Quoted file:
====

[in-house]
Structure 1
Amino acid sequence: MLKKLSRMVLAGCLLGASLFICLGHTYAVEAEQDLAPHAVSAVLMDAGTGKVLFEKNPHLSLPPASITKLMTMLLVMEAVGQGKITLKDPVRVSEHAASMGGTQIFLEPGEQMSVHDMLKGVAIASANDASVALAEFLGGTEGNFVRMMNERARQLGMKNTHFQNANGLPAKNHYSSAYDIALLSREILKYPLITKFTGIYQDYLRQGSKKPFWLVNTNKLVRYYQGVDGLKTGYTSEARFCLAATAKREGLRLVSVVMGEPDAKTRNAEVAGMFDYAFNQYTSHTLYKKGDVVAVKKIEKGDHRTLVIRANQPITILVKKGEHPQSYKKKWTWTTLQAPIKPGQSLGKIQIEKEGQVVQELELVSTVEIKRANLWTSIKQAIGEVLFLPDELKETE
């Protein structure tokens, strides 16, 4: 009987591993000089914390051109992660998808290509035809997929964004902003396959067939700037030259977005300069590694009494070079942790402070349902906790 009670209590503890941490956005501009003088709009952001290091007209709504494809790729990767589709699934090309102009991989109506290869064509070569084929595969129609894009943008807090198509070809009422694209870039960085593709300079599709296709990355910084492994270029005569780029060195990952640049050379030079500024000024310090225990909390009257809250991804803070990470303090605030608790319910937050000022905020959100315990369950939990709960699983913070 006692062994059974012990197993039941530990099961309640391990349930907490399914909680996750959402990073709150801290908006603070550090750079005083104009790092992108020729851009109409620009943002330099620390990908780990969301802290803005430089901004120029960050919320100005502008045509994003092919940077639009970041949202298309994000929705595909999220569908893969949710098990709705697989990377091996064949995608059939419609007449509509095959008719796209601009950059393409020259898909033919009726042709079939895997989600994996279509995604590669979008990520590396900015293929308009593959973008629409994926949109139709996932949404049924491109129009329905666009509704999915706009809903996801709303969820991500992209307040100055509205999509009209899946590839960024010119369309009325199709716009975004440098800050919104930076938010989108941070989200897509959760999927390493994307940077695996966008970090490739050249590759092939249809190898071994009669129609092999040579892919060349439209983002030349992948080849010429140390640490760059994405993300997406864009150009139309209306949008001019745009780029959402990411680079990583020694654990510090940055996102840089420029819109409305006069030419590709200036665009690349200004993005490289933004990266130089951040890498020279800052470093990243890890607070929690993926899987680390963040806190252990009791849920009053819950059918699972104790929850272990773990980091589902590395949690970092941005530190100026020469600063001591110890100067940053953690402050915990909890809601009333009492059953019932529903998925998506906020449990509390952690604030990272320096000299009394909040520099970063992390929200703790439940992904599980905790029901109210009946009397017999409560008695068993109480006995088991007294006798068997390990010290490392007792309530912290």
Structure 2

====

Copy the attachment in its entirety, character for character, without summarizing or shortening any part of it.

[in-house]
Structure 1
Amino acid sequence: MLKKLSRMVLAGCLLGASLFICLGHTYAVEAEQDLAPHAVSAVLMDAGTGKVLFEKNPHLSLPPASITKLMTMLLVMEAVGQGKITLKDPVRVSEHAASMGGTQIFLEPGEQMSVHDMLKGVAIASANDASVALAEFLGGTEGNFVRMMNERARQLGMKNTHFQNANGLPAKNHYSSAYDIALLSREILKYPLITKFTGIYQDYLRQGSKKPFWLVNTNKLVRYYQGVDGLKTGYTSEARFCLAATAKREGLRLVSVVMGEPDAKTRNAEVAGMFDYAFNQYTSHTLYKKGDVVAVKKIEKGDHRTLVIRANQPITILVKKGEHPQSYKKKWTWTTLQAPIKPGQSLGKIQIEKEGQVVQELELVSTVEIKRANLWTSIKQAIGEVLFLPDELKETE
């Protein structure tokens, strides 16, 4: 009987591993000089914390051109992660998808290509035809997929964004902003396959067939700037030259977005300069590694009494070079942790402070349902906790 009670209590503890941490956005501009003088709009952001290091007209709504494809790729990767589709699934090309102009991989109506290869064509070569084929595969129609894009943008807090198509070809009422694209870039960085593709300079599709296709990355910084492994270029005569780029060195990952640049050379030079500024000024310090225990909390009257809250991804803070990470303090605030608790319910937050000022905020959100315990369950939990709960699983913070 006692062994059974012990197993039941530990099961309640391990349930907490399914909680996750959402990073709150801290908006603070550090750079005083104009790092992108020729851009109409620009943002330099620390990908780990969301802290803005430089901004120029960050919320100005502008045509994003092919940077639009970041949202298309994000929705595909999220569908893969949710098990709705697989990377091996064949995608059939419609007449509509095959008719796209601009950059393409020259898909033919009726042709079939895997989600994996279509995604590669979008990520590396900015293929308009593959973008629409994926949109139709996932949404049924491109129009329905666009509704999915706009809903996801709303969820991500992209307040100055509205999509009209899946590839960024010119369309009325199709716009975004440098800050919104930076938010989108941070989200897509959760999927390493994307940077695996966008970090490739050249590759092939249809190898071994009669129609092999040579892919060349439209983002030349992948080849010429140390640490760059994405993300997406864009150009139309209306949008001019745009780029959402990411680079990583020694654990510090940055996102840089420029819109409305006069030419590709200036665009690349200004993005490289933004990266130089951040890498020279800052470093990243890890607070929690993926899987680390963040806190252990009791849920009053819950059918699972104790929850272990773990980091589902590395949690970092941005530190100026020469600063001591110890100067940053953690402050915990909890809601009333009492059953019932529903998925998506906020449990509390952690604030990272320096000299009394909040520099970063992390929200703790439940992904599980905790029901109210009946009397017999409560008695068993109480006995088991007294006798068997390990010290490392007792309530912290």
Structure 2